Because of the air in your house circulating through the ducts, over time it can become full of dust, and for some of us cat hair. If you do not clean it out regularly, this will cause your heat pump to work harder to col. This shortens the lifespan of the equipment and can cause increases in your bill. We all want to keep our cash, right?!

Regularly cleaning or changing your air filters will also help reduce the duct dust. Emphasis on regular. Look up you manufacturers recommendations and then make a reminder on your calendar.

A good place to find the filters is in the kitchen or laundry room. They’re usually behind a panel on the wall but sometimes they can be under furniture and other times, they’re in the main body of the system in the attic or HVAC closet.

Use a dehumidifier.

Did you know using a dehumidifier helps keep your HVAC running? It’s true! It can help lower energy bills.

Dehumidifiers are vital for any home’s HVAC. But many homeowners take one look at it and put off the purchase thinking they’ll never need it. In reality, humidity is a major factor in your electric bills and buying a dehumidifier would be an investment that pays itself back in spades. It might not seem so necessary now, but every drop of savings helps!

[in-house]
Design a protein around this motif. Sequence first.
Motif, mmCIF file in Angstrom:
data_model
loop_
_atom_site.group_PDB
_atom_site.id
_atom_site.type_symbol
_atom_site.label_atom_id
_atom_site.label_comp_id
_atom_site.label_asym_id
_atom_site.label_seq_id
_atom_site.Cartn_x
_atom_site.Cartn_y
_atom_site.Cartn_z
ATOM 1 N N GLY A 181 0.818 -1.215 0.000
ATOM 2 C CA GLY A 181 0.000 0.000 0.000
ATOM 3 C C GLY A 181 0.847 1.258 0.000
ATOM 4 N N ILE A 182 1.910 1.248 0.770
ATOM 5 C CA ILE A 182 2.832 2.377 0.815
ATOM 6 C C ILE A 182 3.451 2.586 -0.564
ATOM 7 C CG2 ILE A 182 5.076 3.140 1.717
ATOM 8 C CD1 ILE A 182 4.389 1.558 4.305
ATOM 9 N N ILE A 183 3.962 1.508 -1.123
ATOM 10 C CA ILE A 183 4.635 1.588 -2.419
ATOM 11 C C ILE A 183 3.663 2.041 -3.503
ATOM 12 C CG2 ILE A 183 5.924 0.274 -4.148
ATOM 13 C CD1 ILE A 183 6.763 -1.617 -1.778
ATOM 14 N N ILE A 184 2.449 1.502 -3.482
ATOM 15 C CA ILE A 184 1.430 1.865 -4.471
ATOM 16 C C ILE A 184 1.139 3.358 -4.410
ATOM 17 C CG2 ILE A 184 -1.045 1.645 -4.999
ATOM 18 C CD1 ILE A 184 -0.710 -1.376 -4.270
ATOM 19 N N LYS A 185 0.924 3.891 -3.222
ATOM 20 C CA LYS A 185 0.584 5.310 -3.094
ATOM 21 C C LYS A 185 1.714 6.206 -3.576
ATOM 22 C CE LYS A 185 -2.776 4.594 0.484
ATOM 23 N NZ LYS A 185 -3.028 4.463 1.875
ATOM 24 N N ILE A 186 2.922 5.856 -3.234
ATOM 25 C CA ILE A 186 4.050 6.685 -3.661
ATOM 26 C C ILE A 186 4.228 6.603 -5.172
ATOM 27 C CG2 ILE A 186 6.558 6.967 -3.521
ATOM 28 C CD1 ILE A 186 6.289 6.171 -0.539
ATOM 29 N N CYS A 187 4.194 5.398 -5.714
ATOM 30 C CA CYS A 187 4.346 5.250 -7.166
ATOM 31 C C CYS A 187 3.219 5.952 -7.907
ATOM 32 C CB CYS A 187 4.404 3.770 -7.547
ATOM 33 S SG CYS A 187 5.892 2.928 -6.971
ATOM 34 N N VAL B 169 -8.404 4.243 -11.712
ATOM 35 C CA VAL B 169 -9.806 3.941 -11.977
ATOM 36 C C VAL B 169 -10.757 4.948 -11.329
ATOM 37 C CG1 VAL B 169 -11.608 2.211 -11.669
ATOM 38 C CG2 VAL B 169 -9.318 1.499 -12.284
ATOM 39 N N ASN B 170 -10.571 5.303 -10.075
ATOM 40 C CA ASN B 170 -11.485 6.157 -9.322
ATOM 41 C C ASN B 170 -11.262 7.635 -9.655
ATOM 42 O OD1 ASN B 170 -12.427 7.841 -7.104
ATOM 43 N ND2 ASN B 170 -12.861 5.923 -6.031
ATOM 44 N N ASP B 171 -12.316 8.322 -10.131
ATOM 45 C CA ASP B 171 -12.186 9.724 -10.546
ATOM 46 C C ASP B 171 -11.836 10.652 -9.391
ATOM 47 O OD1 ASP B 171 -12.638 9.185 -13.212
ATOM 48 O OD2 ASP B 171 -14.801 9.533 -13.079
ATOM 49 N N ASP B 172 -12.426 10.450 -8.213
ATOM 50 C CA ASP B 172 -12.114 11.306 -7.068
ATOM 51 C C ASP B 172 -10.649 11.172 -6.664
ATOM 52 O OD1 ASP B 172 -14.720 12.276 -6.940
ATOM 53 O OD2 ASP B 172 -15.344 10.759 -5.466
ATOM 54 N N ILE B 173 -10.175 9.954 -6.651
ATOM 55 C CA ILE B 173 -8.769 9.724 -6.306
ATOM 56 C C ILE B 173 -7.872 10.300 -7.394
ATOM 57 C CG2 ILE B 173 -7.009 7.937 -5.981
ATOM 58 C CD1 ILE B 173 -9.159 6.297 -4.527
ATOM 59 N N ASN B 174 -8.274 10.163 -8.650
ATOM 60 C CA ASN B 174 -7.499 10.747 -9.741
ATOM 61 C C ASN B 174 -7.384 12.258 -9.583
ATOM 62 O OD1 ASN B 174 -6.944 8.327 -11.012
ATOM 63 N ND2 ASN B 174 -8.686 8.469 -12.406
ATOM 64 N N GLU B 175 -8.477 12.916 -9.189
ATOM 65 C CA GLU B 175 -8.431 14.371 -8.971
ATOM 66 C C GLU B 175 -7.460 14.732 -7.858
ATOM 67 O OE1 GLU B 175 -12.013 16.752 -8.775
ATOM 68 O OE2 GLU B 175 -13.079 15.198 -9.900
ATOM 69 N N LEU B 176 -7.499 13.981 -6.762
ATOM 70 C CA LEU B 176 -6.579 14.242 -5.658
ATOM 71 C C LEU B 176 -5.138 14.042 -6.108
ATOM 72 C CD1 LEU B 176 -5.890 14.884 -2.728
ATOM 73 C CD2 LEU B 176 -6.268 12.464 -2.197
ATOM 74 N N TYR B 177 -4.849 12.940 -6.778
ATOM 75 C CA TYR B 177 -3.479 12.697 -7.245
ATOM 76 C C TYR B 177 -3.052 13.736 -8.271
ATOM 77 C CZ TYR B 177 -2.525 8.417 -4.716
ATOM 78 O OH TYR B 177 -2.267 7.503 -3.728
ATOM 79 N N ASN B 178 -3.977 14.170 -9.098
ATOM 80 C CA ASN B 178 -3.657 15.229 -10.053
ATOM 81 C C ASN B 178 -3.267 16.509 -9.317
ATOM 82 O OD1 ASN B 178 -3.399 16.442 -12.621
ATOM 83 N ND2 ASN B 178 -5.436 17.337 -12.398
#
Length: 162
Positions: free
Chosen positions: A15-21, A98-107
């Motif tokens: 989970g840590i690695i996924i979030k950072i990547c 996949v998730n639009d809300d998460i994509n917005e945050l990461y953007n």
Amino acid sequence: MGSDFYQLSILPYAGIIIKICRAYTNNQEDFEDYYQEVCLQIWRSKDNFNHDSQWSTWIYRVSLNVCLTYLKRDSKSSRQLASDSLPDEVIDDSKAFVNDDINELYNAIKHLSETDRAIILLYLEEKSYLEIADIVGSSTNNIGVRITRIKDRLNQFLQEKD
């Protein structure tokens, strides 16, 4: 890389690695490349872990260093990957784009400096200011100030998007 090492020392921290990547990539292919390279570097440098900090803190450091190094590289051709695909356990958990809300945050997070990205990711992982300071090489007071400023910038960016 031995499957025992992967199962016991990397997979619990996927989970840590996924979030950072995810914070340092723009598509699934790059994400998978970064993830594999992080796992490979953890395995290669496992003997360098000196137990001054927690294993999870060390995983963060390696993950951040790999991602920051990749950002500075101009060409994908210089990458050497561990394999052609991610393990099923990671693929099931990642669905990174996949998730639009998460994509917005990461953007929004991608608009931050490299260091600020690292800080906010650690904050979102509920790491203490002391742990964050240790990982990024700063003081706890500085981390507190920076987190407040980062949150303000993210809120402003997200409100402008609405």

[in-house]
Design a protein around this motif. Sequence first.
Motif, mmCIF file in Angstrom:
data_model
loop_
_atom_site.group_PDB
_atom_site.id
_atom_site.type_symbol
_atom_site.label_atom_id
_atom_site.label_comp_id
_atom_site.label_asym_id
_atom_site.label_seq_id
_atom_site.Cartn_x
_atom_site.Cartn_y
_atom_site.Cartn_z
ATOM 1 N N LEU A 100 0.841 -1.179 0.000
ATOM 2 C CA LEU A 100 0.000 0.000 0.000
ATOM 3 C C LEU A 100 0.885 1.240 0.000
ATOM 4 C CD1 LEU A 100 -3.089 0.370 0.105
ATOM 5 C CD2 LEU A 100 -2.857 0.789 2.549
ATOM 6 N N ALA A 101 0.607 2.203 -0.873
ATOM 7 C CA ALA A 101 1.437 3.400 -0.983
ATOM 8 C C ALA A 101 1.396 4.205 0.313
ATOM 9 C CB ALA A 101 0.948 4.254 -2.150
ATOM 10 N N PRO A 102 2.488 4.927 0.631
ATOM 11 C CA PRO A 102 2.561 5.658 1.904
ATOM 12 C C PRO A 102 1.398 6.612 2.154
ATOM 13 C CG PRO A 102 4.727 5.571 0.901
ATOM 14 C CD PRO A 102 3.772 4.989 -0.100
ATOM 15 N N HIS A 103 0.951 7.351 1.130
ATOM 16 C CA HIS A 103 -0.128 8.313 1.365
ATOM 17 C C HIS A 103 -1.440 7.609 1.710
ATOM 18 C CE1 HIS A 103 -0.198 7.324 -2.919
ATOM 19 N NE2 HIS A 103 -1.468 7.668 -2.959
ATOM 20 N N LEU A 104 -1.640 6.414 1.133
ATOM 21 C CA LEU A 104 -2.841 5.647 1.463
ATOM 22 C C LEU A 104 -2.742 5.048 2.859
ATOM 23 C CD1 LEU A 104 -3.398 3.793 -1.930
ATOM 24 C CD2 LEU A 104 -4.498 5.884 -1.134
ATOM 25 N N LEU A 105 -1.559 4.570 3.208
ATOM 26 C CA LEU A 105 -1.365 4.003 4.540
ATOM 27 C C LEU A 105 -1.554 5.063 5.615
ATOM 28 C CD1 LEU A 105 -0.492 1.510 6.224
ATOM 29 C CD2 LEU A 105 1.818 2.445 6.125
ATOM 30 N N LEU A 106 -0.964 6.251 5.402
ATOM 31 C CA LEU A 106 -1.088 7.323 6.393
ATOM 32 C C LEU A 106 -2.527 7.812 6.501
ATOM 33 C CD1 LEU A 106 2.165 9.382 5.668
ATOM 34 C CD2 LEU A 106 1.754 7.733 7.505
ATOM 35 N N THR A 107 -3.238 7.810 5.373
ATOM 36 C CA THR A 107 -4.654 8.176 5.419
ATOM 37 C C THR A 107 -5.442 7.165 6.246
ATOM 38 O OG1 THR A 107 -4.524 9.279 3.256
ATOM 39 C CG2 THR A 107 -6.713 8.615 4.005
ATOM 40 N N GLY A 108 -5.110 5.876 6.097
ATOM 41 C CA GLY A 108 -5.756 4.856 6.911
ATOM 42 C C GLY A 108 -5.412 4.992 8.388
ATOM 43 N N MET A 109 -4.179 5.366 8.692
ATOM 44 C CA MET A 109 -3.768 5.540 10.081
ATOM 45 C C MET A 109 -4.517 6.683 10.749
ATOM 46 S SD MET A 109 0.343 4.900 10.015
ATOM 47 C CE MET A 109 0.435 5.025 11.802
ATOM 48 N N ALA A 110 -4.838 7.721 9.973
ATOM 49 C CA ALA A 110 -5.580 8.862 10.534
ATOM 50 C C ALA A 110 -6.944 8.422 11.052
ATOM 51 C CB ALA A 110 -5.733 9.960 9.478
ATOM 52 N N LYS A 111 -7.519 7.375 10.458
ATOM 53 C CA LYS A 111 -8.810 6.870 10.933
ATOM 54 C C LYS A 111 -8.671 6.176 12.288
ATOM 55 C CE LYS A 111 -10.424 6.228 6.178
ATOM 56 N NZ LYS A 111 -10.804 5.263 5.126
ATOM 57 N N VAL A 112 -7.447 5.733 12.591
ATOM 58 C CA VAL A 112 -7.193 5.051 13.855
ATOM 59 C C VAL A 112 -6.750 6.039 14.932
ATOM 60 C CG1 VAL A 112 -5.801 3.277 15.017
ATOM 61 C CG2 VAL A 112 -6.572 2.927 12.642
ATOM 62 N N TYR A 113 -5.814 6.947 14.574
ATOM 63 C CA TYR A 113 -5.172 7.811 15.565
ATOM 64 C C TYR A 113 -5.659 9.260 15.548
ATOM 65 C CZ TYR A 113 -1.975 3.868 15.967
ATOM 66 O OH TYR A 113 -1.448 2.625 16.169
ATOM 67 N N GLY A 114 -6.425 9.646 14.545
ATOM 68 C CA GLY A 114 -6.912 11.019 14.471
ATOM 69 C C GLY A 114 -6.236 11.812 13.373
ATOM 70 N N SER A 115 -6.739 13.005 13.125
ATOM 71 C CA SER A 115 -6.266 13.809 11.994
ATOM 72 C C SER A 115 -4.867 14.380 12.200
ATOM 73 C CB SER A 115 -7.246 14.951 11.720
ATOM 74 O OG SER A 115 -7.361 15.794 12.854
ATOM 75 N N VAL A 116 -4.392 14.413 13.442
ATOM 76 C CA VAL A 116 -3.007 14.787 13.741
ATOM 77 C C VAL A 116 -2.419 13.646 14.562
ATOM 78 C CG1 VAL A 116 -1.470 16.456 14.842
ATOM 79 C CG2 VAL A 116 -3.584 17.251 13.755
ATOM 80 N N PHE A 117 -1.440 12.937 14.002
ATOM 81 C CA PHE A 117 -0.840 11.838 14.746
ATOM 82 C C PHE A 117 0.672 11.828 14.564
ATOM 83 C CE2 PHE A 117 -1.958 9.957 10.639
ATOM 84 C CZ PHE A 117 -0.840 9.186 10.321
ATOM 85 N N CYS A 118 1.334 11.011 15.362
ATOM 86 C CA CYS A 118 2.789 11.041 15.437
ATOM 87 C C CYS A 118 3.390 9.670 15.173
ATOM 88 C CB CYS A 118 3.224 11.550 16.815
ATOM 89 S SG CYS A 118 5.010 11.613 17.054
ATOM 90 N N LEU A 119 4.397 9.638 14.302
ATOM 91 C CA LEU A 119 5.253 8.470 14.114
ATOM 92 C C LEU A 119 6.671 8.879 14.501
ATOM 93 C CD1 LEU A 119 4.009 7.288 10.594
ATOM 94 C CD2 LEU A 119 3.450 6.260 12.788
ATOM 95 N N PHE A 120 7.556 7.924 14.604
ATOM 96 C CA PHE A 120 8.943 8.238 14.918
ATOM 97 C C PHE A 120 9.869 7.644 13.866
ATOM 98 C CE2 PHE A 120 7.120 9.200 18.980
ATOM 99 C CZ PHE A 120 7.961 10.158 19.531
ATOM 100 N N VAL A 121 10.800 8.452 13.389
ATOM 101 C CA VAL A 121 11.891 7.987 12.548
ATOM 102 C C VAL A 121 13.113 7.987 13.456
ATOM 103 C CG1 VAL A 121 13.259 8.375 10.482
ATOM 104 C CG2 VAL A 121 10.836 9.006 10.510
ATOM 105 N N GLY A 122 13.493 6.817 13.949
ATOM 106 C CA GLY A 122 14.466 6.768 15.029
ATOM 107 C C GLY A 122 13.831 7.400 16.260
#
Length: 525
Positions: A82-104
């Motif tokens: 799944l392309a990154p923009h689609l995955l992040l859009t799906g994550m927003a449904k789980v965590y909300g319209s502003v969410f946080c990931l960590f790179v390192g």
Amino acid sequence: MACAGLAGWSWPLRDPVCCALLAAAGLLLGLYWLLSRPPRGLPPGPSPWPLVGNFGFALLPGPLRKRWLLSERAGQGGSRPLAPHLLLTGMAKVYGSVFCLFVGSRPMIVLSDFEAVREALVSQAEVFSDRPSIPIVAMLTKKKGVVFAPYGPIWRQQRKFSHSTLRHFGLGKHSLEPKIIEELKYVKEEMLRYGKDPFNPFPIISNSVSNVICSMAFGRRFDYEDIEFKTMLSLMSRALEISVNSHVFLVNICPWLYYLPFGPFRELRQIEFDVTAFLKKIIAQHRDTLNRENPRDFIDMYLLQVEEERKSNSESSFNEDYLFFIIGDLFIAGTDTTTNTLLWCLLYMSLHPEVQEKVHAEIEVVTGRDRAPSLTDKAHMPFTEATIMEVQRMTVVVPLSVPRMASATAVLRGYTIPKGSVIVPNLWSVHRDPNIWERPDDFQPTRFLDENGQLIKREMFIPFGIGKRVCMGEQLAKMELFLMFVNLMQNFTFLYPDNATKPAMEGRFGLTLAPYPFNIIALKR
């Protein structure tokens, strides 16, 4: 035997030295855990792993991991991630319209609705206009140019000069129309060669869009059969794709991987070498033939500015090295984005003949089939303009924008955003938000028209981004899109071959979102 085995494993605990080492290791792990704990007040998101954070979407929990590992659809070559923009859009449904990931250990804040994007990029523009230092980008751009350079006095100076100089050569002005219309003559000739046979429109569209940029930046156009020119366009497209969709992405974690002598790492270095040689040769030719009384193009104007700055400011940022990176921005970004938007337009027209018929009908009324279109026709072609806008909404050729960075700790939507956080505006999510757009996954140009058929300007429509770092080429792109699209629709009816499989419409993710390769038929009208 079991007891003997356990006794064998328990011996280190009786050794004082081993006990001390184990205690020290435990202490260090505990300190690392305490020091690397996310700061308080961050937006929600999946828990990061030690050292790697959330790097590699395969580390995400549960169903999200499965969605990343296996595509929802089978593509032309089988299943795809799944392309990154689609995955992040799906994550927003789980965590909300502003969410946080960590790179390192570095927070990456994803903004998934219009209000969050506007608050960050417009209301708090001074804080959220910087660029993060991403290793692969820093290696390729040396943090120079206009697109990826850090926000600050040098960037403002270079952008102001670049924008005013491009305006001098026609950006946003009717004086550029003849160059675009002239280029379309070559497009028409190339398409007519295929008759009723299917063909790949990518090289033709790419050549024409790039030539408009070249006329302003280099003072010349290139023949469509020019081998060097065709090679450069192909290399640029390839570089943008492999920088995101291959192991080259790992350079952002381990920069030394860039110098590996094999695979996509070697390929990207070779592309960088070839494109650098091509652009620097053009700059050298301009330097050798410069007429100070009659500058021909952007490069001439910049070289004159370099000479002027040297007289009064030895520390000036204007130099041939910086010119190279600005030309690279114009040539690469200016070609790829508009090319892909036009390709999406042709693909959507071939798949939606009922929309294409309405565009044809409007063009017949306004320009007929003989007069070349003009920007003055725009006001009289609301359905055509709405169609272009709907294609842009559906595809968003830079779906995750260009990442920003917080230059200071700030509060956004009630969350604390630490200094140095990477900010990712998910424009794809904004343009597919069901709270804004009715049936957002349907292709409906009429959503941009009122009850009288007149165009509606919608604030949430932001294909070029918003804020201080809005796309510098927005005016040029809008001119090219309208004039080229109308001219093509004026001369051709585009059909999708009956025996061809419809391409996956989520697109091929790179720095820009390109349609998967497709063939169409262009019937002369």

When it is humid, people tend to run their AC at cooler temps, therefore putting undue stress on the system. With humid air harder to move through the filters and the system as a whole, you find the cost of a dehumidifier becomes an investment.


Please bookmark this page for future use.

With this Homeowner Helper Tip, you can prevent and diagnose a variety of AC problems without the need for expensive professional services. Please check my other Homeowner tips here. Here you will find tips and tricks for other home maintenance issues that may come up in your future!

And as always…

Here’s to successful homeownership, please share with your friends and family. And when they ask if you know of any great places to find a home in Austin and Central Texas, you tell them that…